This is a human randomised crossover provocation study that investigated whether electromagnetic fields (EMF) exposure is associated with physiological changes and symptoms. The study recruited 58 participants with self-reported idiopathic environmental intolerance attributed to EMF (IEI-EMF) and 92 participants without IEI-EMF as a control group. In a double-blind controlled environment, participants were exposed to EMF signals mimicking those from a mobile phone base station and a sham exposure in a random sequence. Participants reported whether they could perceive EMF exposure and any symptoms they were experiencing while physiological parameters (heart rate, blood pressure etc.) were monitored. The IEI-EMF and control groups reported similar frequencies of symptoms during both the provocation and sham sessions. In both groups, physiological parameters were similar between the two sessions and no participant could accurately detect the presence of EMF. The results of this study indicate that radiofrequency EMF exposure from mobile phone base stations did not affect physiological parameters in people with or without IEI-EMF and that symptoms reported by participants were not related to EMF exposure.

Commentary by ARPANSA:

IEI-EMF, also referred to as electromagnetic hypersensitivity (EHS), has no clear diagnostic criteria and the science so far has not provided evidence that EMF exposure is the cause. The majority of scientific studies published to date, as well as this study, have found that under controlled laboratory conditions, EHS or IEI-EMF individuals cannot detect the presence of EMF sources any more accurately than non-EHS individuals. Several studies have indicated a nocebo effect (Van Moorselar et al. 2016; Verrender et al. 2018).  

Based on current scientific information, there is no established evidence that EHS symptoms are caused by exposure to EMF. However, ARPANSA acknowledges that the health symptoms experienced by the affected individuals are real and can be a disabling problem and advise those affected to seek medical advice from a qualified medical specialist. ARPANSA will continue to review the research into potential health effects of exposure to EMF to provide accurate and up-to-date advice.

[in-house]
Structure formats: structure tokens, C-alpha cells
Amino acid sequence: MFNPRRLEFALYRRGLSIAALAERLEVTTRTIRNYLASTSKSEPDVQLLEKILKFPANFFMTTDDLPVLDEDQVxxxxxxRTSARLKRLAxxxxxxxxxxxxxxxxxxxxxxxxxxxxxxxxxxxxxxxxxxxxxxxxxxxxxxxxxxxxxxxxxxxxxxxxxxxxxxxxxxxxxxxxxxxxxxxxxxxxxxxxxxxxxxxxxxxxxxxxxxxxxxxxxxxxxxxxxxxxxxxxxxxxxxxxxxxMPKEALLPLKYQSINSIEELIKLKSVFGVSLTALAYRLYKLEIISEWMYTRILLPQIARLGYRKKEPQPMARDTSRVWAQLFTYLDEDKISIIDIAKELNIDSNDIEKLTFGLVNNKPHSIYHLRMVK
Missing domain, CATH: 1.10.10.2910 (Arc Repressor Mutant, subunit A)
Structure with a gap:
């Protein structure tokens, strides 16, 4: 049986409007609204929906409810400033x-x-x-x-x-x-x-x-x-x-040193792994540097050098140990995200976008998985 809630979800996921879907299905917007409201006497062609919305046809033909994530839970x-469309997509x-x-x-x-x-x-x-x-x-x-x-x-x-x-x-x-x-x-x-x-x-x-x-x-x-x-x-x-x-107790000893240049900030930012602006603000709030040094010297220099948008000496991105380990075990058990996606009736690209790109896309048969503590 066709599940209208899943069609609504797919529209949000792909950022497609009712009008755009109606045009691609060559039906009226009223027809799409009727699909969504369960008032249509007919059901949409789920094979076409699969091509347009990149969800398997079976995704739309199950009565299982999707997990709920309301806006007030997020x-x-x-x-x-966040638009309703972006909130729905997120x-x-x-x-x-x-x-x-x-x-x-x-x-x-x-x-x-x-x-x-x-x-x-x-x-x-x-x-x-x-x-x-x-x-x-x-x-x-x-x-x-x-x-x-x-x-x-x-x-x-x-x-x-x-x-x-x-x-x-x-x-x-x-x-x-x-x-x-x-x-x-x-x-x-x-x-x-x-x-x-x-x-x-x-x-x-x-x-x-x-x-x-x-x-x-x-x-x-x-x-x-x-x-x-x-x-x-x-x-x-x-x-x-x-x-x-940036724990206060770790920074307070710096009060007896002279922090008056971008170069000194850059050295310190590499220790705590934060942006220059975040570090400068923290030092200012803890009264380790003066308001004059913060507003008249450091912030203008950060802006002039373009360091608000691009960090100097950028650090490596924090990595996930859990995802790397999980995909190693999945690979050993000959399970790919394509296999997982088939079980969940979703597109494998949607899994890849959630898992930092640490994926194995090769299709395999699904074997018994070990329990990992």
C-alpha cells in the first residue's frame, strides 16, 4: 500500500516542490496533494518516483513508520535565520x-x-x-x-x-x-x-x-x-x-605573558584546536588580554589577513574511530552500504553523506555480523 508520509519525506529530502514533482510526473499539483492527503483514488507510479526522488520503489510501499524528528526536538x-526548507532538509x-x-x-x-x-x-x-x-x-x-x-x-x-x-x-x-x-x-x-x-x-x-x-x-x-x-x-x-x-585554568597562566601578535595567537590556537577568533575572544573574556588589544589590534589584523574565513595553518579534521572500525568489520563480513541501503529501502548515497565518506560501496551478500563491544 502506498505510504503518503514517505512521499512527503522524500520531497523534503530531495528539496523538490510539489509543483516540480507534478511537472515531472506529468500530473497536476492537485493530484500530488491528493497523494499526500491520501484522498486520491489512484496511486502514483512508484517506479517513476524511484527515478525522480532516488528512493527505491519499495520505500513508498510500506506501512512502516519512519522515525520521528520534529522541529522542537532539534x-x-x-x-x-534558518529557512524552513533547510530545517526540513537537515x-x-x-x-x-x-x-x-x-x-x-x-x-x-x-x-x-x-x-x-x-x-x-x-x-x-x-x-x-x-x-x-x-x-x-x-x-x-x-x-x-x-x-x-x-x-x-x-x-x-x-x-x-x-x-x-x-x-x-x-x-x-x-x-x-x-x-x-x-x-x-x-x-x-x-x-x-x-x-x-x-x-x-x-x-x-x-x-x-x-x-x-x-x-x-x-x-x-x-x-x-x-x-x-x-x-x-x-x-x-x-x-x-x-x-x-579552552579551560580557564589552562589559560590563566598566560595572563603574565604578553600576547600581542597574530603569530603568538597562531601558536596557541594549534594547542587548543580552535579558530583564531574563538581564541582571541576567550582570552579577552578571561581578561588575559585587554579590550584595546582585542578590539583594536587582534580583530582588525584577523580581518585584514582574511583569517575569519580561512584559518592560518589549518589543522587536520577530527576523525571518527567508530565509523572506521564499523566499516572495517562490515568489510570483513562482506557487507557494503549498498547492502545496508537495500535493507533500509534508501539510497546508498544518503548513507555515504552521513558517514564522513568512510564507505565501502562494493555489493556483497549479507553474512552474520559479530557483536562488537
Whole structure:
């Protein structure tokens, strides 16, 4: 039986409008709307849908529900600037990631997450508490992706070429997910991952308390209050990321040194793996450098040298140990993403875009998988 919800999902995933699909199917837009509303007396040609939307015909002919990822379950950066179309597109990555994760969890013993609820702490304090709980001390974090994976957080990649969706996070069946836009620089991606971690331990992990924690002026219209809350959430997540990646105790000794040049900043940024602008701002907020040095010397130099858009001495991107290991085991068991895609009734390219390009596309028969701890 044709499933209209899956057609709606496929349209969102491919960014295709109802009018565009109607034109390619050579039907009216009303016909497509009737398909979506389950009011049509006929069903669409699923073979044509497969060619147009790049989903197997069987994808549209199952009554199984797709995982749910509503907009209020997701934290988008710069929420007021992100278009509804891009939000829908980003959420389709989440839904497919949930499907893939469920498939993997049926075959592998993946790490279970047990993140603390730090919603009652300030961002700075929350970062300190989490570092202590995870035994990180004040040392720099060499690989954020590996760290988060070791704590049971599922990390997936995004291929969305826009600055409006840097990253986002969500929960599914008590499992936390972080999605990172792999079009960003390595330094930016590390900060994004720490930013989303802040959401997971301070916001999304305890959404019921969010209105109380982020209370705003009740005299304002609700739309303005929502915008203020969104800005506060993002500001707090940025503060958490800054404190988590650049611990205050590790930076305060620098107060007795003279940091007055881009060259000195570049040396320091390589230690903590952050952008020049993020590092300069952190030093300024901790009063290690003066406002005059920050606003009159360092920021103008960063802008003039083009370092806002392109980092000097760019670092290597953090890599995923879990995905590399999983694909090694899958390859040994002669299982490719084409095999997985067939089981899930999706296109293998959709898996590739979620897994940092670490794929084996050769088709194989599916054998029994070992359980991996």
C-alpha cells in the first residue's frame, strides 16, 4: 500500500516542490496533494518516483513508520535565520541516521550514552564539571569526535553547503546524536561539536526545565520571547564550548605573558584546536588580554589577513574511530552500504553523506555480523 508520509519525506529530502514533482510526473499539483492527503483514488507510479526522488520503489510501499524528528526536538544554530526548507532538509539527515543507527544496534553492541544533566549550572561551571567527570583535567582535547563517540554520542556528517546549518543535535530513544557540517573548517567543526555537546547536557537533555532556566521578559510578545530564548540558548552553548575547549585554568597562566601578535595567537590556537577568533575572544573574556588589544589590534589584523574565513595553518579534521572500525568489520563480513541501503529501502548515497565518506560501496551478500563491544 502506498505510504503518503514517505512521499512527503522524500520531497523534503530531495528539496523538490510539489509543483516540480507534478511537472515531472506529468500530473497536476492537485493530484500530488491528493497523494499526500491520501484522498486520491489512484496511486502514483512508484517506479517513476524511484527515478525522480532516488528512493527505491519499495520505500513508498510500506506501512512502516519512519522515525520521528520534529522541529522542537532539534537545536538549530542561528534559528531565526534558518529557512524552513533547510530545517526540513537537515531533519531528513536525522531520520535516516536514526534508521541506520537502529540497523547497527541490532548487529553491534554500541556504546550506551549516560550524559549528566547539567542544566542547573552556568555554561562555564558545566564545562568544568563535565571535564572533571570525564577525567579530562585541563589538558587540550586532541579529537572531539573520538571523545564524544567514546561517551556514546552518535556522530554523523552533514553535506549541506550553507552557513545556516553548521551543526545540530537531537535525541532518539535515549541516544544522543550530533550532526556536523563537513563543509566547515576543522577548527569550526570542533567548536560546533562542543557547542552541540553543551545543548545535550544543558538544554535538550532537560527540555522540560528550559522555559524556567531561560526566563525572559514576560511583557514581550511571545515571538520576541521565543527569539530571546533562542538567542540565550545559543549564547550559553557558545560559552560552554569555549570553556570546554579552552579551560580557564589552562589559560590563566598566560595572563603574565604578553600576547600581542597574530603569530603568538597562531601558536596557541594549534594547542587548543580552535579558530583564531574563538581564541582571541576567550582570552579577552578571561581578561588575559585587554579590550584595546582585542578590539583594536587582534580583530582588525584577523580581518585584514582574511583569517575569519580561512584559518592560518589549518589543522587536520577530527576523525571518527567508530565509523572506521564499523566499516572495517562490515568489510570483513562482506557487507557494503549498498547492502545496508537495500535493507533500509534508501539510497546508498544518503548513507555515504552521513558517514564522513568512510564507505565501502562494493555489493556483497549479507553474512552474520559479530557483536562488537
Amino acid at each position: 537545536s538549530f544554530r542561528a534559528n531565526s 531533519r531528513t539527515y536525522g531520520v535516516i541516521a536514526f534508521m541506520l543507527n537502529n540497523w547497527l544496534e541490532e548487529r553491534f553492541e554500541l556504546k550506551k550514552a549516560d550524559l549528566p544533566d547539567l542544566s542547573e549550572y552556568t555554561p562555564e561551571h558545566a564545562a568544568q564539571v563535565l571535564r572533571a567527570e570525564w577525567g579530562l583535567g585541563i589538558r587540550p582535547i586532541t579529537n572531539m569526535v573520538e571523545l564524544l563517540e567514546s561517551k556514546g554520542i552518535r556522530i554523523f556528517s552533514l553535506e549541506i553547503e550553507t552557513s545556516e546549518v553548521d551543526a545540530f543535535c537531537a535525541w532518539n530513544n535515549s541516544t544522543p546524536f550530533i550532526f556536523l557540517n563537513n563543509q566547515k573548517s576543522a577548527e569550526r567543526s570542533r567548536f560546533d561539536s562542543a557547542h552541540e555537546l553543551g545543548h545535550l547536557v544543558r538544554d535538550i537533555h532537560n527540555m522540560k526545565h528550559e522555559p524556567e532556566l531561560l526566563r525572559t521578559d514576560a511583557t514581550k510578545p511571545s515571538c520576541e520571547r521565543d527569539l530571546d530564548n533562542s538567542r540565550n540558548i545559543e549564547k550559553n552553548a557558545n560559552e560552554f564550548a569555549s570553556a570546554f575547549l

More information on EHS is available in a factsheet by ARPANSA as well as the World Health Organization.
 

Review of radiofrequency heating and burn injuries caused by magnetic resonance imaging

Authored By:

Tang and Yamamoto

Published In:

Magnetic Resonance in Medical Sciences

Date:

Apr 2022

Summary:

This review describes the current progress in understanding radiofrequency (RF) heating effect and injuries, particularly burns, that have occurred in patients during magnetic resonance imaging (MRI) procedures. MRI scans are produced by applying a strong static magnetic field, a fast-varying magnetic field gradient, and a RF field. While MRI injuries remain rare, the frequency of accidents is increasing in parallel to the increasing application of high magnetic field strength. RF burn injuries constitute nearly half of all MRI related injuries and are increasing. RF burn injuries occur either due to skin to skin contact or skin contact with a wire/cable or a wire acting as an antenna that interacts with the RF field of the MRI machine. Considerable local heating occurs that is concentrated at the contact points of the wire or skin, however, the mechanism for some of the RF burn injuries occurring at contact points is not well understood. This poses challenges for the application of adequate safety or preventive measures for RF related burns in MRI procedures.

Commentary by ARPANSA:

The review provides state-of-the-art knowledge on RF heating and burn injuries in medical MRI systems, including RF exposure limits. Internationally, the RF exposure limits for MRI procedures are guided by the recommendations of the International Commission on Non-Ionizing Radiation Protection (ICNIRP). These RF exposure limits are given in terms of specific absorption rate (SAR in W/kg), which is essentially the amount of RF energy absorbed per unit mass of human tissue. SAR limits applicable for the use of passive implants (e.g., hip and knee prostheses) or active implantable medical devices (e.g., cardiac pacemakers or cochlear implants) have been documented in other standards such as ASTM-F2182 and ISO/TS 109474:2018, respectively. 

The review also recommends key preventive measures to avoid the likelihood of RF related burns in MRI procedures. The recommendations include the use of foam pads (1-2 cm thick) to insulate the patient from cables, the bore, and between limbs to prevent RF burn injuries, avoiding positioning the body near the RF transmit coil and considering the antenna effect for patients with large implants and tattoos. These recommendations are consistent with those provided by the Royal Australian and New Zealand College of Radiologists (RANZCR).

In conclusion, this review is a useful guide to understanding MRI related RF burn injuries in medical imaging settings. 
 

Review on the impacts of electromagnetic fields on pregnancy and other health outcomes

Authored By:

El Jarrah & Rababa, Feb 2022

Published In:

Heliyon

Date:

Apr 2022

Summary: